Yes, I've contemplated the whole WW3 scenario doom and gloom but I'm going to get drafted anyway if it happens. So why not get to volunteer and pick my job before I'm forced to join Army infantry? I'll admit I'm kind of nervous/scared but I think that's the normal mental response when joining the military.

All in all I'm trying to look at everything positive and this seems to be where my life's road is taking me.
edit on 8-2-2012 by FreedomXisntXFree because: (no reason given)

posted on Feb, 8 2012 @ 09:01 AM
As a Viet Nam era veteran, I would advise you to NOT join the Armed Forces.

This is the wrong time to sacrifice your soul, surrendering your will, your health, and possibly your life on the alter of Economic Imperialism.

If it is school you want get a student loan and go to college.

Military training rarely converts to civilian jobs.

Please open you eyes and actually see how the United States Government treats our sons and daughters who have for God and Country joined the Military.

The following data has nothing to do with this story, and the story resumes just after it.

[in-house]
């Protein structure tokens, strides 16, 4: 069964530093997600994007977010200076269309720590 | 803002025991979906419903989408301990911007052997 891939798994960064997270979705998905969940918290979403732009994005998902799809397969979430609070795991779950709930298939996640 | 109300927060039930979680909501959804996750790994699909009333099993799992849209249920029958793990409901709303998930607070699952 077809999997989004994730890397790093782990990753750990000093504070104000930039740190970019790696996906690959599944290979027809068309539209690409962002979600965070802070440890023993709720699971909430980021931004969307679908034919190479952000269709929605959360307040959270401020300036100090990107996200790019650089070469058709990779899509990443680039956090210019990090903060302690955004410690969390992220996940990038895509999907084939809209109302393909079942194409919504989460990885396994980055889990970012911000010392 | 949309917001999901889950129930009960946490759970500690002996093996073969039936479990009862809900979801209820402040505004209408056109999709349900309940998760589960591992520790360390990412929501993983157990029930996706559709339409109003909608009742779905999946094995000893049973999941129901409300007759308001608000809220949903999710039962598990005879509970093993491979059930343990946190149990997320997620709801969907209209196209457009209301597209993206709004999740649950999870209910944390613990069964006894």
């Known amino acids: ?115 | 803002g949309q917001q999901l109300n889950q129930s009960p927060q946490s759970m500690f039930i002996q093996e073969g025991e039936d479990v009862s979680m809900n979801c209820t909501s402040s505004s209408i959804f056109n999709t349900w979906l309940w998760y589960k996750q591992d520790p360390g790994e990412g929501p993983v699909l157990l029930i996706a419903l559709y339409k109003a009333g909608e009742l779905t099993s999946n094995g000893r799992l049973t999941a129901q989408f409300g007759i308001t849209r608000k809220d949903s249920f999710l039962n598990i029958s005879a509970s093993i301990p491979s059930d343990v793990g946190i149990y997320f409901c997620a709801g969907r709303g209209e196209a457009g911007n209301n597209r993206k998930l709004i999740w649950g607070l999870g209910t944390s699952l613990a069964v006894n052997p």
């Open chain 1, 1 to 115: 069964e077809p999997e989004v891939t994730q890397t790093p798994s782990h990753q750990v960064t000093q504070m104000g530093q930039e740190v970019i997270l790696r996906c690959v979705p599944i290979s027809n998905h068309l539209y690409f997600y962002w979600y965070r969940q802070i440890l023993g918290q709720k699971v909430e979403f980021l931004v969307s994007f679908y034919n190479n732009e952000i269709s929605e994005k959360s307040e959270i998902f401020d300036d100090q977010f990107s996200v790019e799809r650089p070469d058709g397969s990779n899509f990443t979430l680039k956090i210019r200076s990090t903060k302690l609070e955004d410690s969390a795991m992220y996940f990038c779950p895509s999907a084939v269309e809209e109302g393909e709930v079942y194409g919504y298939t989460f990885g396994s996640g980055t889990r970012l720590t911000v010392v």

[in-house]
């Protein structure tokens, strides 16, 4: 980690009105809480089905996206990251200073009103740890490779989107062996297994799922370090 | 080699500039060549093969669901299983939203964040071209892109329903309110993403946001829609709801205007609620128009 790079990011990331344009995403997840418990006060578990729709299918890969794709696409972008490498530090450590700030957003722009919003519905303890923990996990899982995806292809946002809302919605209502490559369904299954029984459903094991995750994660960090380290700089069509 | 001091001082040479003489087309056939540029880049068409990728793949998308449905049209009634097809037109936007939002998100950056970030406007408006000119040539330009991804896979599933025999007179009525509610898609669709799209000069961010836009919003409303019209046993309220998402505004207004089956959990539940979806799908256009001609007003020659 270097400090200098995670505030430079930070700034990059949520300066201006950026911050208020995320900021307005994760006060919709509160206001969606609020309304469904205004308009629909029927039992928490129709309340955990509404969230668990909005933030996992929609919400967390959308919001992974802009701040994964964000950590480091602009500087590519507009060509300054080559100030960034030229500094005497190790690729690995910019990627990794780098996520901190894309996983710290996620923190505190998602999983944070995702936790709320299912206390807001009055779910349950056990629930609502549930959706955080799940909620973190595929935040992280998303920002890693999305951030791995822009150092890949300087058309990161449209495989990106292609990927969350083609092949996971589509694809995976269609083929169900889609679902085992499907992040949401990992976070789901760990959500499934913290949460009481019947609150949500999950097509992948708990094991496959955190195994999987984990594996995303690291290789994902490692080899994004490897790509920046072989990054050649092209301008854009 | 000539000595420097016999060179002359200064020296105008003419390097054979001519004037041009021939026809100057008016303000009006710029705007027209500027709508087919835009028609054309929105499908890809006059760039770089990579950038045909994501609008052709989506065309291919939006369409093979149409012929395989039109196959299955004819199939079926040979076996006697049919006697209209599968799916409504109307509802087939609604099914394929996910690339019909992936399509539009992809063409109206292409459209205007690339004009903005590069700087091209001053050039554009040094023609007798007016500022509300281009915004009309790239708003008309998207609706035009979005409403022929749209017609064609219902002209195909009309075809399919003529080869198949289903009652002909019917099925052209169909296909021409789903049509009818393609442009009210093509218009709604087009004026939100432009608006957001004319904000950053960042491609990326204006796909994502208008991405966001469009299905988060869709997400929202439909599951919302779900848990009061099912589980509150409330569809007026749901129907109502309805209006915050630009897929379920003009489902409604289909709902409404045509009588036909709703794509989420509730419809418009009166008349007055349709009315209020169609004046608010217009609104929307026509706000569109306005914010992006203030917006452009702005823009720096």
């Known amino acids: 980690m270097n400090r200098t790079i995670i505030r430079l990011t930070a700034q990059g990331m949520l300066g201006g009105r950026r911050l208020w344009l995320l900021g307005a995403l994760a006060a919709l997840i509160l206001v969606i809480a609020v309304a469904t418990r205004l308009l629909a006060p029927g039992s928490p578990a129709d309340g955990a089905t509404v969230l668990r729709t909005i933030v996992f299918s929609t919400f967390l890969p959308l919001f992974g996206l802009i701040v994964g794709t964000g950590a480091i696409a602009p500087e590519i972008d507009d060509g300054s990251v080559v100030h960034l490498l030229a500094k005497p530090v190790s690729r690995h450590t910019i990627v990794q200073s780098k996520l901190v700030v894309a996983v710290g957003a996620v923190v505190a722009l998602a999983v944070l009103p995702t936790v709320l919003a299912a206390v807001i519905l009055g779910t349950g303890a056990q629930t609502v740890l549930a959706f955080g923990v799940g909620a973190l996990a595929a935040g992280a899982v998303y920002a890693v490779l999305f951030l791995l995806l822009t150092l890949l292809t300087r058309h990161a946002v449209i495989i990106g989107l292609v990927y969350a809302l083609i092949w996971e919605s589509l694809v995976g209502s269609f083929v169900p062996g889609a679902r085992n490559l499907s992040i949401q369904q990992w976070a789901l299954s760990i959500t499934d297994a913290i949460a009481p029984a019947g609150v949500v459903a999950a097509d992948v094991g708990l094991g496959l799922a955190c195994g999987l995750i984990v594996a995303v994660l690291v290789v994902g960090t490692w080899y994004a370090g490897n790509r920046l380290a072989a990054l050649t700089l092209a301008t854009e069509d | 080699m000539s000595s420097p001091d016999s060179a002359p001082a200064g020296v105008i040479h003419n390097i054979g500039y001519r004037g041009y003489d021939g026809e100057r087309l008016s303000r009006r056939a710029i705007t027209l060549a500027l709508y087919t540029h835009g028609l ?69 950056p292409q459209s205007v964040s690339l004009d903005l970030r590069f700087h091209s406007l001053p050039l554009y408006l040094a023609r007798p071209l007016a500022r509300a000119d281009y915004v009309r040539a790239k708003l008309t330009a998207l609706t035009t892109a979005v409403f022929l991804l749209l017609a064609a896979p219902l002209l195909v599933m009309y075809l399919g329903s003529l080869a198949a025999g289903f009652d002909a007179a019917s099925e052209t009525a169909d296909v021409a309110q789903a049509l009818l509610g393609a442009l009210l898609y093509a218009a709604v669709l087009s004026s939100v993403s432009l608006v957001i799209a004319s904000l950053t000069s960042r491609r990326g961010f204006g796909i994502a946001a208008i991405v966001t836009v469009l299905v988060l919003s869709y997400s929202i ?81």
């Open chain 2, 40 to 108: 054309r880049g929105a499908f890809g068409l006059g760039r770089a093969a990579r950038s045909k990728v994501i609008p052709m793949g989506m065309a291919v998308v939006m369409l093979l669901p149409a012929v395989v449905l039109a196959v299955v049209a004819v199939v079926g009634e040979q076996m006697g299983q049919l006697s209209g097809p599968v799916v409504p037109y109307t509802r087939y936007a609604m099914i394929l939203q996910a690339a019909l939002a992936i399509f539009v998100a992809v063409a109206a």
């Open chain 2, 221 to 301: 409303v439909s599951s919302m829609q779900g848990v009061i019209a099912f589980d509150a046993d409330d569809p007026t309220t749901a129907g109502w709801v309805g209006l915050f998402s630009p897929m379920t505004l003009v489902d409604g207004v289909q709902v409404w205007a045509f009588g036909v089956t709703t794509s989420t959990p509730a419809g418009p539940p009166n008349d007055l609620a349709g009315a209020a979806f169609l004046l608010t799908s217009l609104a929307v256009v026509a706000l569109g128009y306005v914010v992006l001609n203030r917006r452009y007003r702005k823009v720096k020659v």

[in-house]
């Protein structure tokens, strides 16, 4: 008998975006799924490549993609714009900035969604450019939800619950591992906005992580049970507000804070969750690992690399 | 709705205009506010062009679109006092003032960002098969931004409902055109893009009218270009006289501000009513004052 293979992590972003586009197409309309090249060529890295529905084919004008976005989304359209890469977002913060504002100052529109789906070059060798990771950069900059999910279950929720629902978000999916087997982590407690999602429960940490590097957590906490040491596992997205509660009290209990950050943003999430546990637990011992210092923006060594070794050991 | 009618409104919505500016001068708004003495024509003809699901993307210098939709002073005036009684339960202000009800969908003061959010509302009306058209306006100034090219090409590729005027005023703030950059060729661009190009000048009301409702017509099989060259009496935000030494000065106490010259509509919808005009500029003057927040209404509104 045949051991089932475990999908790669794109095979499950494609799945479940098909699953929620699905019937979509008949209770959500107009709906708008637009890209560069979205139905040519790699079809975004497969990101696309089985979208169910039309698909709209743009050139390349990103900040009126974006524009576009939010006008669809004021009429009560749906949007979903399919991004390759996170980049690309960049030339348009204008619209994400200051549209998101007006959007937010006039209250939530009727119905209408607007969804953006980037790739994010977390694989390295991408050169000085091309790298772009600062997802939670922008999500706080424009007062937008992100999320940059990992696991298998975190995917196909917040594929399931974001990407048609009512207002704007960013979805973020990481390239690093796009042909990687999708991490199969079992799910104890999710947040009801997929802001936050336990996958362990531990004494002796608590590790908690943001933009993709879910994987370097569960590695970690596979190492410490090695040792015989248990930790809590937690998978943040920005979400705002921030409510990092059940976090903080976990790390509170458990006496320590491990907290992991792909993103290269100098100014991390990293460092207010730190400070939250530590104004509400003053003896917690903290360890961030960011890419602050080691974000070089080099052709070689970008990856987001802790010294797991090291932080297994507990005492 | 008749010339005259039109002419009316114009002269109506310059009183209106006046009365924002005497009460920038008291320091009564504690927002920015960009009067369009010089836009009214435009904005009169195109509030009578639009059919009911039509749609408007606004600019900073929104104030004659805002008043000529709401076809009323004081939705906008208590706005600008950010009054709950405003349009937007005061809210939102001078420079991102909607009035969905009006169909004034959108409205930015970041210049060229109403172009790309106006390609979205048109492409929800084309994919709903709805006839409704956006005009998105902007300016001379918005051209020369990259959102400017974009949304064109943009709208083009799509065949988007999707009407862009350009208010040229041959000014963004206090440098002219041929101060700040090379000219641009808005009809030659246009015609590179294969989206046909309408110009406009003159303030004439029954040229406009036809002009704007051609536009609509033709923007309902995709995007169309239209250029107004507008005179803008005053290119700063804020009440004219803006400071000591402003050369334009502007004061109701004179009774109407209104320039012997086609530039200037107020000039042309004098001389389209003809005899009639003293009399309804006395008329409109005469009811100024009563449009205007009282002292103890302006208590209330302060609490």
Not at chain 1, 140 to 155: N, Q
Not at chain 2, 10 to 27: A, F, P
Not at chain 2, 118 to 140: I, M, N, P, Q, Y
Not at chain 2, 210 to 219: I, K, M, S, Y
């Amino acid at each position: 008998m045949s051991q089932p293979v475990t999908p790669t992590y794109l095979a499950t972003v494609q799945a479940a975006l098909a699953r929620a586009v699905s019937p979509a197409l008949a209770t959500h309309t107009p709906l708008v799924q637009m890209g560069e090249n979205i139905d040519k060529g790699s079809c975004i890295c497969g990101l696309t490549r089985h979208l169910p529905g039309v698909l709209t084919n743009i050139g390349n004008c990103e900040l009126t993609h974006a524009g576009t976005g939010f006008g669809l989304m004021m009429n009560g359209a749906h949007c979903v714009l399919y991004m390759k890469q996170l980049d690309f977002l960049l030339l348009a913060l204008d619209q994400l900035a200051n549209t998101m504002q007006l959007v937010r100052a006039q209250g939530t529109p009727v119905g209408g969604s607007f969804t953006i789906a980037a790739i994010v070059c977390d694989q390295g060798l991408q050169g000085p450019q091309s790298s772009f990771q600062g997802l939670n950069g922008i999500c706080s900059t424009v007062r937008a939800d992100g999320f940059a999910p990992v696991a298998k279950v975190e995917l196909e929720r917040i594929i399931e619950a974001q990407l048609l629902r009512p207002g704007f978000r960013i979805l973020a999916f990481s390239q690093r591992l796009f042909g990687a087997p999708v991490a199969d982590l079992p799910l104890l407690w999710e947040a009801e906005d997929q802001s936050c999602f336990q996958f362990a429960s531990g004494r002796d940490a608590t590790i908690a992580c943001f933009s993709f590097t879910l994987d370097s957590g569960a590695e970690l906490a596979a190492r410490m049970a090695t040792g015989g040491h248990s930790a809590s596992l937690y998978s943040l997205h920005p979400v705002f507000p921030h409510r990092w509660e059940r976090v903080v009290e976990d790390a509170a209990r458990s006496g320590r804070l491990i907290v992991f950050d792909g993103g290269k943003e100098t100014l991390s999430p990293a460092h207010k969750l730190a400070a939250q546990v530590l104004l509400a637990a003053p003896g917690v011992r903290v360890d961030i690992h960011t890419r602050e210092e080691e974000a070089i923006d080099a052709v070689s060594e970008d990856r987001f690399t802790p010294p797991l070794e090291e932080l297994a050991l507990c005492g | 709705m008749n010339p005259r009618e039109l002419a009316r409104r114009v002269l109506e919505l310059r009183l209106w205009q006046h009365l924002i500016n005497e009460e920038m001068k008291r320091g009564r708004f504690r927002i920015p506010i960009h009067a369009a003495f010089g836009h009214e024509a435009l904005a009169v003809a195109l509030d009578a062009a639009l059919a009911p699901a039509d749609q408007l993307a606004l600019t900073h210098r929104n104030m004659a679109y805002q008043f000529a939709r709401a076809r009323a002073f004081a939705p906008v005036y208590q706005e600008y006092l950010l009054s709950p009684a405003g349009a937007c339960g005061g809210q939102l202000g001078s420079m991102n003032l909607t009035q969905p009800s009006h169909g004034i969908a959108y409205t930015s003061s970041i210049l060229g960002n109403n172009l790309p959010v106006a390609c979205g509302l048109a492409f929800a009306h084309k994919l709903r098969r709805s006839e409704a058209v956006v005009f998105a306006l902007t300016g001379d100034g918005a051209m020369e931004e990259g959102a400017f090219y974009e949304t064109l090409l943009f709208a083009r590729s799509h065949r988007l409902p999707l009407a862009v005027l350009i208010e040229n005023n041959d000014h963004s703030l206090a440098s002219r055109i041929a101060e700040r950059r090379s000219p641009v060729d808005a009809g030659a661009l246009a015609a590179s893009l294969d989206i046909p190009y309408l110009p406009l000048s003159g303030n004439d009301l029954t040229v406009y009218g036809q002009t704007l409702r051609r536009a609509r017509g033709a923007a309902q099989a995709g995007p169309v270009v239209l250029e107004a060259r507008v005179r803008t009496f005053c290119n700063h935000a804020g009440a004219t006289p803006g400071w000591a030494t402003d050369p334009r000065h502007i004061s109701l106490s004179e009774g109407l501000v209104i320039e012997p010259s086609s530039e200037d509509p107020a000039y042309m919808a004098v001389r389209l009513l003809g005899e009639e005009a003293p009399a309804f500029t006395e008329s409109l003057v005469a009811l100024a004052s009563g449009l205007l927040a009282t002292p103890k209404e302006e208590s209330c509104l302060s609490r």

Learn of how the VA treats the one who’s lives were changed forever from service. They today are only Red Ink on a balance sheet, discarded from society. Used and thrown away.

Find out why the rate of suicide in those that have served are higher than any other group.

Why are most veterans released have a history of mental illness recorded in their files, and will be required to remain on medication for the rest of their lives.

I, too was young and thought I was serving my country when I volunteered. It took a decade to recover from the experience, and some things still remain.

Just DON’T Do it

You have been warned.

posted on Feb, 8 2012 @ 09:16 AM
reply to post by brokedown

I knew I was going to get responses like this on ATS so maybe this was the wrong place to "put this out there".

Like I said, I'm trying to look at this as a positive and in the face of war.....wouldn't the Navy be one of the "safer branches". Granted no branch is necessarily safe.

Even though I read alot about the WW3 stuff on here and elsewhere.....part of me feels like its not going to happen. Another thing I'd liek to add is my brother joined the Army just recently. At the time I was totally against it. Bt I've realized that after a decade of war it has to come to and end. I believe WW3 already happened.....except the major loss of life was on our opponents rather then our forces.